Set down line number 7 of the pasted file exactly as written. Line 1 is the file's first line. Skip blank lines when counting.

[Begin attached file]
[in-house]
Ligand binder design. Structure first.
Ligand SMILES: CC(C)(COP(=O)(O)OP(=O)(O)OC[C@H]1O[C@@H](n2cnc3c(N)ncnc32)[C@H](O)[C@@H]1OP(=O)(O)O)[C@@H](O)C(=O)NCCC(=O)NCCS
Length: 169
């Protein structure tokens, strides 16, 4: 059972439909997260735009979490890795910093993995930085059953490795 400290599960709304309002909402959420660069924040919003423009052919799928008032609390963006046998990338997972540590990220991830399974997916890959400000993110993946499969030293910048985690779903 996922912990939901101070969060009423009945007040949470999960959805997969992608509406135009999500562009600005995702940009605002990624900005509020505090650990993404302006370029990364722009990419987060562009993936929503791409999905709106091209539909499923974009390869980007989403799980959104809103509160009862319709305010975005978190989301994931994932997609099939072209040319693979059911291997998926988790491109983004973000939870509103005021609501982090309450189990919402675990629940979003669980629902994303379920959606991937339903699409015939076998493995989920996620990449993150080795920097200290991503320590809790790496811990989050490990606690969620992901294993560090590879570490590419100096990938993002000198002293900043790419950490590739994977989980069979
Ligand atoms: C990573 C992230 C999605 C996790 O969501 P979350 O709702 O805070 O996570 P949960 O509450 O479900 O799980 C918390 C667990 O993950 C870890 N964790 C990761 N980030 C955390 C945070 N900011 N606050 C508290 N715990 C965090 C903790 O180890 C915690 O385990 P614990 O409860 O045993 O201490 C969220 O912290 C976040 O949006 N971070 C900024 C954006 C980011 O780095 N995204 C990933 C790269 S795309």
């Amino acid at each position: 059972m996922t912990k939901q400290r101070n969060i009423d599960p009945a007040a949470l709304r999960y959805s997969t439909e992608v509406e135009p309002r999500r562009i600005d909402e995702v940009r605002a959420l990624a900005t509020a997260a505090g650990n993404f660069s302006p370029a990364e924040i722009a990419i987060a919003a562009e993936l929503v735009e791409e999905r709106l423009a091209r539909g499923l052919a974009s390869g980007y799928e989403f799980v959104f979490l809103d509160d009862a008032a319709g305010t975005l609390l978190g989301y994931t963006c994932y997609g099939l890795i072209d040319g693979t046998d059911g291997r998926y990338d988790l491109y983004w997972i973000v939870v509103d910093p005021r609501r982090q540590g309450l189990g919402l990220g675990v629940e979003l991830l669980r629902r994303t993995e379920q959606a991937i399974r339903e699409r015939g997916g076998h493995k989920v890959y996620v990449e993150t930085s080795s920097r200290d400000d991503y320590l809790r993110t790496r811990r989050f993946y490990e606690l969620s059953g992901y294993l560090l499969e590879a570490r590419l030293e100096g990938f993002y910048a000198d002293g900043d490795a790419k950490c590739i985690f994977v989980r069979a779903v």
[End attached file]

């Amino acid at each position: 059972m996922t912990k939901q400290r101070n969060i009423d599960p009945a007040a949470l709304r999960y959805s997969t439909e992608v509406e135009p309002r999500r562009i600005d909402e995702v940009r605002a959420l990624a900005t509020a997260a505090g650990n993404f660069s302006p370029a990364e924040i722009a990419i987060a919003a562009e993936l929503v735009e791409e999905r709106l423009a091209r539909g499923l052919a974009s390869g980007y799928e989403f799980v959104f979490l809103d509160d009862a008032a319709g305010t975005l609390l978190g989301y994931t963006c994932y997609g099939l890795i072209d040319g693979t046998d059911g291997r998926y990338d988790l491109y983004w997972i973000v939870v509103d910093p005021r609501r982090q540590g309450l189990g919402l990220g675990v629940e979003l991830l669980r629902r994303t993995e379920q959606a991937i399974r339903e699409r015939g997916g076998h493995k989920v890959y996620v990449e993150t930085s080795s920097r200290d400000d991503y320590l809790r993110t790496r811990r989050f993946y490990e606690l969620s059953g992901y294993l560090l499969e590879a570490r590419l030293e100096g990938f993002y910048a000198d002293g900043d490795a790419k950490c590739i985690f994977v989980r069979a779903v």